Florida Record

Friday, February 21, 2020

Florida legal firm gives law students pointers for success

By Michael Carroll | Mar 23, 2016


ST. PETERSBURG – Ensuring that today’s law students have the resources, skills and outlook to navigate the challenging legal landscape of the future is no longer just the purview of law schools and individual professors; legal firms themselves have also gotten into the act.

A Florida personal injury firm recently teamed up with the Florida Justice Association - an advocate for strengthening Florida’s civil justice system - for an outreach event at the Cooley Law School’s Tampa Bay campus. The event was designed to emphasize how networking, professional development and attitude can ensure that the legal minds of tomorrow will be fully prepared.

“I was encouraged by the passion the students showed and their eagerness to learn,” Daniel A. Murphy, an associate attorney with Shapiro, Goldman, Babboni & Walsh who attended the presentation, told the Florida Record. “We met with the students for almost an hour after the presentation just chatting about job hunting, the Florida Bar Exam, etc.”

The firm’s Bernard Walsh gave students insights into traumatic brain injuries and how the effects of such injuries can bear on personal injury cases. He talked about how new medical technologies can clearly illustrate to a jury the extent of physical damage to the brain – down to the cellular level.

“Ultimately, our job is based on providing the best case possible for our clients to achieve adequate compensation for their injuries, and new medical technologies can provide us with the best brush to paint that picture,” said Murphy.

He added that meeting regularly with medical professionals and attending medical seminars helps successful personal injury attorneys stay in the forefront of medical technology.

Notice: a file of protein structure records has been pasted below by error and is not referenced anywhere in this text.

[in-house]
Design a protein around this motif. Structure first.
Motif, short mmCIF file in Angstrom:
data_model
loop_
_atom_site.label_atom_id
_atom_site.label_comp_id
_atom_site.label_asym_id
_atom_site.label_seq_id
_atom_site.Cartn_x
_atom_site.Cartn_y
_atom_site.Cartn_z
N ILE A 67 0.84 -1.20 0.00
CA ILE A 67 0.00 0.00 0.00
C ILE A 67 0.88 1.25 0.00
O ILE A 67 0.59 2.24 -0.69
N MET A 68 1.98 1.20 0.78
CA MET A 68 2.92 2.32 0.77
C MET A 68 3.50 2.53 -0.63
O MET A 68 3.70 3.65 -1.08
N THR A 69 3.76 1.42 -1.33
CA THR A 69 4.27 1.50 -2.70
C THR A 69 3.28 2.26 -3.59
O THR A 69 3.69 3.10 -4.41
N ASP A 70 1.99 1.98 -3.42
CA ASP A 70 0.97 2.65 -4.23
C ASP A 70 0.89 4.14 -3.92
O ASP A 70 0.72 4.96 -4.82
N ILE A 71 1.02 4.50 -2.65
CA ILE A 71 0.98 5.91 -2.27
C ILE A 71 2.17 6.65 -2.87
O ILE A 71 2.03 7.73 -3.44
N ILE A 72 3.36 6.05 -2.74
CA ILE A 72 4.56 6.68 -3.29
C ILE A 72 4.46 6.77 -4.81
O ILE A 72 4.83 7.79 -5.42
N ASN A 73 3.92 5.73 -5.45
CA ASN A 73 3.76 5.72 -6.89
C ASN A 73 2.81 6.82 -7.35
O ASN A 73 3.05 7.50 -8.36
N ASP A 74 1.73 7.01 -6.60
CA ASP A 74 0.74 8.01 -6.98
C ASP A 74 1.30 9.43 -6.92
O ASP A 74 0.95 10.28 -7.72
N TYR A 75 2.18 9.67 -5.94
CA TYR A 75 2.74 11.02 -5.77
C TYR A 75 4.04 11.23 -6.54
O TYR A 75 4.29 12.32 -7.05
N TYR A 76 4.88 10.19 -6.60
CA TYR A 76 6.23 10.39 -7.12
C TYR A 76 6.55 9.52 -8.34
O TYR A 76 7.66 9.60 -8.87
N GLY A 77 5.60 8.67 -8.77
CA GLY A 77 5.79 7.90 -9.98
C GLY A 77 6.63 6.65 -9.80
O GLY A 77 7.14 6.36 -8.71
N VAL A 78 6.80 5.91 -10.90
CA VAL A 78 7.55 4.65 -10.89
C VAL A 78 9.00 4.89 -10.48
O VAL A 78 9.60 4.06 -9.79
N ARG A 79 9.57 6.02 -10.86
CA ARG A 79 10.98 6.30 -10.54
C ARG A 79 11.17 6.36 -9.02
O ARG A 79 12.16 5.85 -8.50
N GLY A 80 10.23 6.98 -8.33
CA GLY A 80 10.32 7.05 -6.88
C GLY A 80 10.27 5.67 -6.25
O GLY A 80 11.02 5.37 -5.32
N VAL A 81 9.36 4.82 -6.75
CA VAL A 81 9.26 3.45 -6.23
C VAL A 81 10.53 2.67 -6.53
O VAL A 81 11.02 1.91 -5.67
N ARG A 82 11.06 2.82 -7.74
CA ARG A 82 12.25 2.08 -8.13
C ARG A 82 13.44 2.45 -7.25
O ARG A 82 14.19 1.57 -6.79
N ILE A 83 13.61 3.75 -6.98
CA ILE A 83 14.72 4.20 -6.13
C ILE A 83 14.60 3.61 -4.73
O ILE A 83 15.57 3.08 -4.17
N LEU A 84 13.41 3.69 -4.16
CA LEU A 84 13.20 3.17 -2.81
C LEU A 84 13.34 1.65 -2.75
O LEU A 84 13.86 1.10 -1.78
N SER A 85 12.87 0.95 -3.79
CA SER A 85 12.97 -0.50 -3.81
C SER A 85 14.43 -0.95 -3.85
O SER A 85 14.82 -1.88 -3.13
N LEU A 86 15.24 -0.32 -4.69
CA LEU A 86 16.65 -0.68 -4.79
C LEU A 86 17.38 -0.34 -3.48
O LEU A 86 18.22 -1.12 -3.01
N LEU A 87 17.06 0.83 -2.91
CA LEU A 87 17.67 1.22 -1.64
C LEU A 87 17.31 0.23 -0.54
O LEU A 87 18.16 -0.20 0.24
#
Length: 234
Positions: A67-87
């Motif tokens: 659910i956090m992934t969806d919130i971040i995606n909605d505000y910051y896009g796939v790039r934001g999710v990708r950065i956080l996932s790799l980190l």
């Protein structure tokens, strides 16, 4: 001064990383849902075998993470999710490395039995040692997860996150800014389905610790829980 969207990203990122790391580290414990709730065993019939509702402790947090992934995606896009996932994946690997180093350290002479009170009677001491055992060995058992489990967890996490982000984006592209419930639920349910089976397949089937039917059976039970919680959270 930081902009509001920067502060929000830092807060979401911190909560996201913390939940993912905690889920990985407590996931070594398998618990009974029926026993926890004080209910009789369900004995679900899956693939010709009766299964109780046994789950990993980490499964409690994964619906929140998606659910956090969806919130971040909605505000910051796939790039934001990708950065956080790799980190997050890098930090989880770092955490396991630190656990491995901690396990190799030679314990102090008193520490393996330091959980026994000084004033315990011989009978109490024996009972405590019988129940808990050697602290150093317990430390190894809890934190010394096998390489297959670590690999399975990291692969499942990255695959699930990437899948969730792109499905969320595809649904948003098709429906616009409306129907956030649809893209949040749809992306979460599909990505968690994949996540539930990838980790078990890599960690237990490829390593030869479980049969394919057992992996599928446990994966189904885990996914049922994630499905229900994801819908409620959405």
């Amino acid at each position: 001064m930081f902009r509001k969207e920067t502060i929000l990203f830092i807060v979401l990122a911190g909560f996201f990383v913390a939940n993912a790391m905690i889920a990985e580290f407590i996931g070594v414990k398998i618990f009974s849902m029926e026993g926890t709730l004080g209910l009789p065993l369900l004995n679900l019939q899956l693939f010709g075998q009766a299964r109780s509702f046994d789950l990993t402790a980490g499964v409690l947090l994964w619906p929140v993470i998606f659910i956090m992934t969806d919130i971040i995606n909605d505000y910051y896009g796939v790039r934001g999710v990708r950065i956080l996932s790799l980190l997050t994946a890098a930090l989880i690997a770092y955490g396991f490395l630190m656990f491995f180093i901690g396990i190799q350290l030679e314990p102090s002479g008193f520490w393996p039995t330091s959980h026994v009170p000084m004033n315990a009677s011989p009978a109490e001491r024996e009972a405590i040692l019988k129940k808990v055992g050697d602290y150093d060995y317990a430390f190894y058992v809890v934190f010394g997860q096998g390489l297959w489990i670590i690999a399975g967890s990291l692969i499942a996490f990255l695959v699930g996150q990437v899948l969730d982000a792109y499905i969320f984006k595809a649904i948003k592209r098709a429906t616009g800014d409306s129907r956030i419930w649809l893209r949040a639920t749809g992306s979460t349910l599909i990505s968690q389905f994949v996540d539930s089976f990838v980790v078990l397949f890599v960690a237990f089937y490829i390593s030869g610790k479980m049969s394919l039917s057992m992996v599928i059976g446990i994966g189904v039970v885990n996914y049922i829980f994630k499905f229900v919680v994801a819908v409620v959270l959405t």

Murphy ticked off a range of things law students can do to ensure future success: Be specific in resumes about what attributes you can bring to the table, get involved in school-based groups, attend local bar association meetings and join groups such as Inns of Court, which brings together seasoned veterans and beginning attorneys.

And, take part in internship programs to get a sense of what legal work in a real-life setting is like, he added.

Murphy emphasized the importance of maintaining lofty professional behavior and ethics.

“Everyone wants to be respected and be thought of as a skilled person in their profession, but that respectability cannot be achieved without making sound ethical decisions and encouraging others in the profession to act accordingly,” he said.

Murphy also emphasized to budding attorneys the need to take advantage of social media in order to advertise and get the attention of new clients, especially those in the younger generations.

“With less and less exposure through newspapers and television, I think it is as important as ever to have a presence on social media,” he said.

Murphy stressed that when law students are thinking about which area of the law to specialize in, they can turn to internships and legal clinics to test the professional waters and see if they are to the students’ liking.

“In these scenarios, you can really get a feel for what types of things you are good at and enjoy, ultimately steering you in a direction of law that will suit you.”

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Organizations in this Story

Shapiro, Goldman, Babboni & WalshCooley Law School - Tampa Bay Campus